We all need to find what we want.
I started with Ubuntu. Don't even recommend it anymore. They are getting a bit strange in the way they do business.
Xfce is what I use. Under Mint it would be pretty much the same as Xubuntu. This is all right but does not show Xfce as the Xfce folks put it out. If you check you will find that it is infested with a lot of Gnome "improvements" that actually make Xfce hard to configure.
Most of the serious distros that have been based on Ubuntu have switched to some other base, generally Debian due to built in restrictions on configuration of the system. CrunchBang is a good example of this.
Manjaro is a very nice distro, based on Arch, and they have a very nice default OB layout.
You will be able to do more with Gnome on just about any distro other than Ubuntu. Unity was intended to be an extension for Gnome Shell. The Gnome project would not include it with the copyright for a default extension for their project to be under a different outfit (Canonical). Ubuntu took their dolls and stomped off home and developed Unity as a stand alone. It may well be better than it would have been if an extension of Gnome Shell but the upshot is that they do not make the integration of Gnome usage under Ubuntu a priority at all.
You may want to try Fedora with Gnome. Most of the early extensions for Gnome Shell were developed there or by Fedora users. Debian Stable (Wheezy) uses Gnome by default.
You should keep in mind that some hardware really does require non-free firmware or drivers as defined by the Free Software Foundation. Some of these are included in the Linux kernel (firmware). It is open source, it has some copyright or other license clauses that doesn't pass FSF standards. Many distros try to follow those standards as closely as they can. Debian strips those firmware components from the kernel they deliver by default, like several other distros, but make them available in repos (non-free and contrib).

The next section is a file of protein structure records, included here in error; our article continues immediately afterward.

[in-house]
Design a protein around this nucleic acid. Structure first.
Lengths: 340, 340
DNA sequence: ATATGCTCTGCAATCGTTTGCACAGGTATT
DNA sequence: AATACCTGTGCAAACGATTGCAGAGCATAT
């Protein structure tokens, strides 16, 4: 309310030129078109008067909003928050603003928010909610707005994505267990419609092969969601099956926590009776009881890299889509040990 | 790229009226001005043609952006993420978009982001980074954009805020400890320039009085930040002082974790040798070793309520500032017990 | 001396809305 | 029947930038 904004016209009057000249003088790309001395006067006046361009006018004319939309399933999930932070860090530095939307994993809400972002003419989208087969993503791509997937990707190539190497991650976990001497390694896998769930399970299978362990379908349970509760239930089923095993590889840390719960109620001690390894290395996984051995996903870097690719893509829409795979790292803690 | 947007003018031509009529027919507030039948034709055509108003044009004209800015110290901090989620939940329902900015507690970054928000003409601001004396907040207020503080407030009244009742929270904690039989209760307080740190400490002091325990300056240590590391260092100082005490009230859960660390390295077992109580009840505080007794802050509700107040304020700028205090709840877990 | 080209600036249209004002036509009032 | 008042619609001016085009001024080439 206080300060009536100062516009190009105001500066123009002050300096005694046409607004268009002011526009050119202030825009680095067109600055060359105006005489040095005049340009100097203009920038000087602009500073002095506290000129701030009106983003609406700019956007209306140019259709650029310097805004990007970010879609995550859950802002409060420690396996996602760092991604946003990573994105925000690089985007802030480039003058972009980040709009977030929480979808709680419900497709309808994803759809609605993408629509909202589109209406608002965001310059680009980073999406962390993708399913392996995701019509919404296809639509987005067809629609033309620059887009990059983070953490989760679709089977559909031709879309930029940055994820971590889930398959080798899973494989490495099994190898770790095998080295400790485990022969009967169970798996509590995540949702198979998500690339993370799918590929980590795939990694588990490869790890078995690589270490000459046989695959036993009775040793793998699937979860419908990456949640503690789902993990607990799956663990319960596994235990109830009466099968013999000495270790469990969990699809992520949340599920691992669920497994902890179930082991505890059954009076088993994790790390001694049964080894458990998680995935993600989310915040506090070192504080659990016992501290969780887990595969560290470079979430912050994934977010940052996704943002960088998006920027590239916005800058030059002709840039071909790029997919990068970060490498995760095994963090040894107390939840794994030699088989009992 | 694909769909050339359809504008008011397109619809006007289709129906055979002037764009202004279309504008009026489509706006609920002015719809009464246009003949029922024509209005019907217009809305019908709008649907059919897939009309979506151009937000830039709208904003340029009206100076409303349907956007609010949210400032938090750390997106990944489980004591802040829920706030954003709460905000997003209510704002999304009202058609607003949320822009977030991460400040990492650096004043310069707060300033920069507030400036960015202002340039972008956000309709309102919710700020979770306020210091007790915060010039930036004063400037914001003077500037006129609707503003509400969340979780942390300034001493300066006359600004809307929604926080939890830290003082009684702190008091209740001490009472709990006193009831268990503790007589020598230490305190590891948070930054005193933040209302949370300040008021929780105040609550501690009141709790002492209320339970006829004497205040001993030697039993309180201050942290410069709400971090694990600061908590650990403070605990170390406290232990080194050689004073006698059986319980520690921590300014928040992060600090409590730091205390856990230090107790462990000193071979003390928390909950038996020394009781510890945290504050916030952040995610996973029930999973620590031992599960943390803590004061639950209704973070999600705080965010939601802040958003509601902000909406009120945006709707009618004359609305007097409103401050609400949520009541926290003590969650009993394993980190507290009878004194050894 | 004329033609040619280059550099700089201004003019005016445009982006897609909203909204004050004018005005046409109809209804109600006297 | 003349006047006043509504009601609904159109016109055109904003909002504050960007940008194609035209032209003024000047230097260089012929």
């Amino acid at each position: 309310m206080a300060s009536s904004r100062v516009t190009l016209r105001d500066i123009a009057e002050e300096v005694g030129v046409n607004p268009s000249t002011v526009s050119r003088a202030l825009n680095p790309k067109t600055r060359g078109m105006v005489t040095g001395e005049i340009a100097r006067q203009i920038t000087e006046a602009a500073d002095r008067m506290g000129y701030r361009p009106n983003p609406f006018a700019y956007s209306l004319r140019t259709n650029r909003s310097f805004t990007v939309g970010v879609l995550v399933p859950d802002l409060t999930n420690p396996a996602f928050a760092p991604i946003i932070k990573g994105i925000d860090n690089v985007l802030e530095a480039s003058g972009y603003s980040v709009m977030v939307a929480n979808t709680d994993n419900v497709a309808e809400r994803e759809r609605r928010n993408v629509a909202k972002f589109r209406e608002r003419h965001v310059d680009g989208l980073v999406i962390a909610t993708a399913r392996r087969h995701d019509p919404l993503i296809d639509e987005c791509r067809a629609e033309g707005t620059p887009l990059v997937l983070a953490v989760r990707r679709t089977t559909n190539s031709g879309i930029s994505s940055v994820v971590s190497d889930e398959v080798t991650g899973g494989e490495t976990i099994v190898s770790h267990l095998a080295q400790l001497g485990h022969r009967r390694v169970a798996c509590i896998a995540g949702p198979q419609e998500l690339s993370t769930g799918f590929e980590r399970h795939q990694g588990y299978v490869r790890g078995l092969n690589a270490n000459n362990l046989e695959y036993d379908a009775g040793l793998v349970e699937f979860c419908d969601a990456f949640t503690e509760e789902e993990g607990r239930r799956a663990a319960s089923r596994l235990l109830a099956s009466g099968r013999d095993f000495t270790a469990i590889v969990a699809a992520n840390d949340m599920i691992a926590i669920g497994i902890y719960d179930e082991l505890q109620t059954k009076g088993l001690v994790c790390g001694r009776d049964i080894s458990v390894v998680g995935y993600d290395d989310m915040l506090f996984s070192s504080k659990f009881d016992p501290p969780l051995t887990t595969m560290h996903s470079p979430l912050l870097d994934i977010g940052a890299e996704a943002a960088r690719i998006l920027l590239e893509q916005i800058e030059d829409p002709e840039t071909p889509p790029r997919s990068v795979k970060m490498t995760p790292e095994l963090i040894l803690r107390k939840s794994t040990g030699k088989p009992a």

This means that the default install of some distros may not run correctly on your hardware OTB.
There is, in the case of Debian, a Live CD that is put out by the same folks that put out the Official Live media but is not Official at all that does include all of that sort of thing.
Any distro that lacks some of these packages will be slightly harder to install but the packages are available for any Linux distro in one way or another.
More and more distros no longer need such packages anyway as the FOSS firmware and drivers are much more compatible with hardware all the time. My old box needed the non-free firmware for Debian Squeeze (Debian 6) but not for Wheezy (Debian 7).
I am a Debian user so know much more about it than other distros. Please don't take this a a sales pitch for Debian. I like it, I use it. I normally have several installs and many are not even in the Debian family (APT using distros are all Debian based).
I do recommend using distros that are at the base of GNU/Linux "branches" because they aren't reconfigured by someone else adding a layer of complexity to your configuring them to exactly what you want. That said, respins are nice simply because they are configured by some one else so you don't need to if you like the way it is done.
You can learn a lot about configuring a DE new to you by looking at the config files in respins. I learned a lot about OB configuration from Manjaro. As a Xfce user OB is not real familiar to me and I appreciated the chance to look at what they had done. They do nice work.
The difference that matters in the different "branches" is package management. I do recommend finding the one you like the best and sticking to it for long enough to become proficient with it. Once you do that the others are easy to pick up because while they are very different in commands used they all do the exact same things. They have to install the binary packages in the correct places in the file system.
Most have gui applications to do this very simply for the user. One of the main strengths of GNU/Linux is, however, a robust cli. All package management systems screw up. Think of the many Window updates that have broken Windows installs on thousands of Windows machines.
With the GNU/Linux cli it is almost never needed to reinstall. Instead you can fix the problem even if you can't boot to the desktop.
This is the reason that MS has been redesigning their inadiquate cli for some time now.
Learning to use the package manager in cli is well worth the effort and you will find that it is faster in most cases. It is the primary tool for system repair in most cases so it is well worth getting comfortable with.
Having started using computers with MSDos this was not hard for me to understand. The degrading of the cli by MS was a major factor in my abandoning Windows for GNU/Linux.